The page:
Michael Lewis Was Charmed by Sam Bankman-Fried – But So Was Everyone Else

Michael Lewis is getting slammed for a relatively sympathetic portrayal of SBF. The larger question is: Why did so many people fall under Sam’s spell?

AccessTimeIconOct 5, 2023 at 6:09 p.m. UTC
Updated Oct 5, 2023 at 6:11 p.m. UTC
AccessTimeIconOct 5, 2023 at 6:09 p.m. UTCUpdated Oct 5, 2023 at 6:11 p.m. UTC
AccessTimeIconOct 5, 2023 at 6:09 p.m. UTCUpdated Oct 5, 2023 at 6:11 p.m. UTC

Many crypto insiders hate Sam Bankman-Fried. Now, they have turned their wrath on the author Michael Lewis, who on 60 minutes referred to FTX as “a great real business.”

“If no one had ever cast aspersions on the business, if there hadn't been a run on customer deposits, they'd still be sitting there making tons of money,” Lewis continued, sparking an uproar on crypto Twitter. Because even if the former FTX CEO didn’t have malicious intent, he’s still associated with the disappearance of billions of dollars and regulators’ growing disdain of crypto. So why does Lewis appear to be on his side?

Emily Parker is CoinDesk's executive director of global content.

This question wouldn’t matter so much if Lewis’s book, “Going Infinite,” hadn’t come out on the first day of Bankman-Fried’s trial, and if Lewis himself hadn’t described his book as “a letter to the jury.” And even if Lewis doesn’t convince the jury, his fame and accessible writing style could certainly sway mainstream public opinion.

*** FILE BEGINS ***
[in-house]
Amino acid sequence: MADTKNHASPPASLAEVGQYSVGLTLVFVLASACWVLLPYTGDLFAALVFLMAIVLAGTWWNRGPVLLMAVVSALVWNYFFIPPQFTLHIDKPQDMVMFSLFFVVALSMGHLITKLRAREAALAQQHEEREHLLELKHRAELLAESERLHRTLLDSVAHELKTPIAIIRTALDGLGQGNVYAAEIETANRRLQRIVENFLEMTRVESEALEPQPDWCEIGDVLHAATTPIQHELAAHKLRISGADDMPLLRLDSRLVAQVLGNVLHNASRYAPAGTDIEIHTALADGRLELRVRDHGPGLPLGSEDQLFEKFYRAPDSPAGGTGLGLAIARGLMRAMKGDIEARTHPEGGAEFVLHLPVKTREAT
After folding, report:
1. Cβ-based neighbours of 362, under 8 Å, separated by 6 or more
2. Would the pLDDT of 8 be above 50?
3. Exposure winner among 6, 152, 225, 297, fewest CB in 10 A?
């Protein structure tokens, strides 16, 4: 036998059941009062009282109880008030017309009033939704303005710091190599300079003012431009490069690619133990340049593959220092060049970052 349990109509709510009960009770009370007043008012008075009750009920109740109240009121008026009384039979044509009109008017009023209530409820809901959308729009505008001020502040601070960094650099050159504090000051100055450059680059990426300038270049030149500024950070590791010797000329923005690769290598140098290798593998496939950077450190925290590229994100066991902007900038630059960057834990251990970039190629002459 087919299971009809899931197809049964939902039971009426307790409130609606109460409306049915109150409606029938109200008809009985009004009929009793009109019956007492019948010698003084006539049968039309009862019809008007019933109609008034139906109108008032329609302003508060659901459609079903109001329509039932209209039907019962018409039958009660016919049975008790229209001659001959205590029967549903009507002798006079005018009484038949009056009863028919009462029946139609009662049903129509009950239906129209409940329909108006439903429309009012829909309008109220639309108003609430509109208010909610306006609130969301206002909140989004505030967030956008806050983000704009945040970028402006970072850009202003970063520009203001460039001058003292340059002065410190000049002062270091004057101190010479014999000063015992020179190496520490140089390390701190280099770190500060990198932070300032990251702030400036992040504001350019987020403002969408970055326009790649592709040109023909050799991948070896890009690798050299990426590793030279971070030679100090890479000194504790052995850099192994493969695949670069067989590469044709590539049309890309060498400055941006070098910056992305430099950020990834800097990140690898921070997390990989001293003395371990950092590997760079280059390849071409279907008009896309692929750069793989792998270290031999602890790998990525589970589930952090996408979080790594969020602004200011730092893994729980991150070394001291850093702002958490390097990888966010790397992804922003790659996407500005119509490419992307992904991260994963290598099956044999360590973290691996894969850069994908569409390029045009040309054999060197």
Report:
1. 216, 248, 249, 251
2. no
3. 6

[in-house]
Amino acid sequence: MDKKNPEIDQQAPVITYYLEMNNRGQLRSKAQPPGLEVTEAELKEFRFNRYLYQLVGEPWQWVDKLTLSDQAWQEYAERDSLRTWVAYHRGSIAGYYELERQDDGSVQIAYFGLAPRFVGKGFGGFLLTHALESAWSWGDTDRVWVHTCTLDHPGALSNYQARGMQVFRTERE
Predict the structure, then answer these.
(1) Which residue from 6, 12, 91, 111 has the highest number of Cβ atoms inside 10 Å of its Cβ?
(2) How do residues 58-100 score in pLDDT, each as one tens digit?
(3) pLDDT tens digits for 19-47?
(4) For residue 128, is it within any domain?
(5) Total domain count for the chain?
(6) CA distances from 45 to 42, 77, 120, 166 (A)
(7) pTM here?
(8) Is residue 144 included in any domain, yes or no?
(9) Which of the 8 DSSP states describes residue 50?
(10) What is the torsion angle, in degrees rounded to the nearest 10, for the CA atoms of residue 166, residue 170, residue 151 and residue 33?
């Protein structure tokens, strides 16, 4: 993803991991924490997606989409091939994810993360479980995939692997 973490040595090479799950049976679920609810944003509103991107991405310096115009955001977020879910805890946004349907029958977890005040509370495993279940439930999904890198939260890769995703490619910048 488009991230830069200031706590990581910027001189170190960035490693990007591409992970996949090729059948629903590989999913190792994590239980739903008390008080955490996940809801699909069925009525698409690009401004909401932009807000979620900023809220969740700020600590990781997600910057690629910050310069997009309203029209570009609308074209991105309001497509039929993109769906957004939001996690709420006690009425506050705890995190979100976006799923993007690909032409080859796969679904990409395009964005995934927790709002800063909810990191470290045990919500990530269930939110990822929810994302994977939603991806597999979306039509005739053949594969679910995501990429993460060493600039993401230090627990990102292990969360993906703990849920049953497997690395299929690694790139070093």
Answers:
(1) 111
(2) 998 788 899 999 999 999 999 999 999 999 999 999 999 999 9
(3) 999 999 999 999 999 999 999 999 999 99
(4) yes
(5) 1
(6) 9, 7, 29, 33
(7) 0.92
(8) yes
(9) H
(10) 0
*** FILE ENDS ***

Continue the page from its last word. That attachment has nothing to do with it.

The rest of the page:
To be fair, Lewis’s book is more nuanced than his media sound bites. He does not paint a particularly flattering picture of either FTX or its sister company Alameda Research, which was allegedly gambling away FTX customers’ money. “It was never clear where Alameda Research stopped and FTX started,” Lewis writes. He refers to a document that describes how “more than $10 billion that was meant to be custodied by FTX somehow had ended up inside Sam’s private trading fund.”

But the bigger question is: Why did this all happen? Overall, Lewis does seem to view Sam as an agent of chaos rather than someone with criminal intent, which is essentially what Sam’s defense is saying. The basic argument is that billions of dollars is a lot of money and it can be quite tedious to keep track of it all. Sam was messy, inconsiderate and a nightmare of a manager, Lewis seems to believe, but not a thief. (For some counterarguments, see David Z. Morris’ scathing CoinDesk article, “FTX’s Collapse Was a Crime, not an Accident.”)

Nor does Lewis portray Sam as a particularly nice guy. Despite his commitment to “effective altruism,” he seems to have little to no empathy for other human beings. But, Lewis says, “with him it was never personal. If he stood you up, it was never on a whim, or the result of thoughtlessness. It was because he’d done some math in his head that proved that you weren’t worth the time.”